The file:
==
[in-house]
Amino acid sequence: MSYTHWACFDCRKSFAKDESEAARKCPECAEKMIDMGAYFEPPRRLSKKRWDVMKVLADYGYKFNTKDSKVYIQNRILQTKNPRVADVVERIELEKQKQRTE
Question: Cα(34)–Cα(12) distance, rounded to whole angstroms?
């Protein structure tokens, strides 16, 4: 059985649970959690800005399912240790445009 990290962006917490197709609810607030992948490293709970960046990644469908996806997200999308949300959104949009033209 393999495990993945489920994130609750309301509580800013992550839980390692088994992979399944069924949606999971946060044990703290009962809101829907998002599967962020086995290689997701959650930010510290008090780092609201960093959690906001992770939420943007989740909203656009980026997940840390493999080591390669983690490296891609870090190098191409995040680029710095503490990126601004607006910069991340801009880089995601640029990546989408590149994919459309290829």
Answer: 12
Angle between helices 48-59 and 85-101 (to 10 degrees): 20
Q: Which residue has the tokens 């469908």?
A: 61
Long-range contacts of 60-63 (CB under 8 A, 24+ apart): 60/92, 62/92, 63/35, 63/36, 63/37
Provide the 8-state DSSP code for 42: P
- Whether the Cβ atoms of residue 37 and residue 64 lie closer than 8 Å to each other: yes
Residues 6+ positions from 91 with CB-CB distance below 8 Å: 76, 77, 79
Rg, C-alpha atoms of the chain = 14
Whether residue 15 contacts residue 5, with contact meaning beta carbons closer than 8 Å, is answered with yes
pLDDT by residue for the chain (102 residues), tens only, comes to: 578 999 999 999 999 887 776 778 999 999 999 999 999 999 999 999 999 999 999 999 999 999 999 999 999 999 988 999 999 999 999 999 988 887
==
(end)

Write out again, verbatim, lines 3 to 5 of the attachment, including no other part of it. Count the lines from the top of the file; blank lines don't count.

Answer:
Question: Cα(34)–Cα(12) distance, rounded to whole angstroms?
């Protein structure tokens, strides 16, 4: 059985649970959690800005399912240790445009 990290962006917490197709609810607030992948490293709970960046990644469908996806997200999308949300959104949009033209 393999495990993945489920994130609750309301509580800013992550839980390692088994992979399944069924949606999971946060044990703290009962809101829907998002599967962020086995290689997701959650930010510290008090780092609201960093959690906001992770939420943007989740909203656009980026997940840390493999080591390669983690490296891609870090190098191409995040680029710095503490990126601004607006910069991340801009880089995601640029990546989408590149994919459309290829």
Answer: 12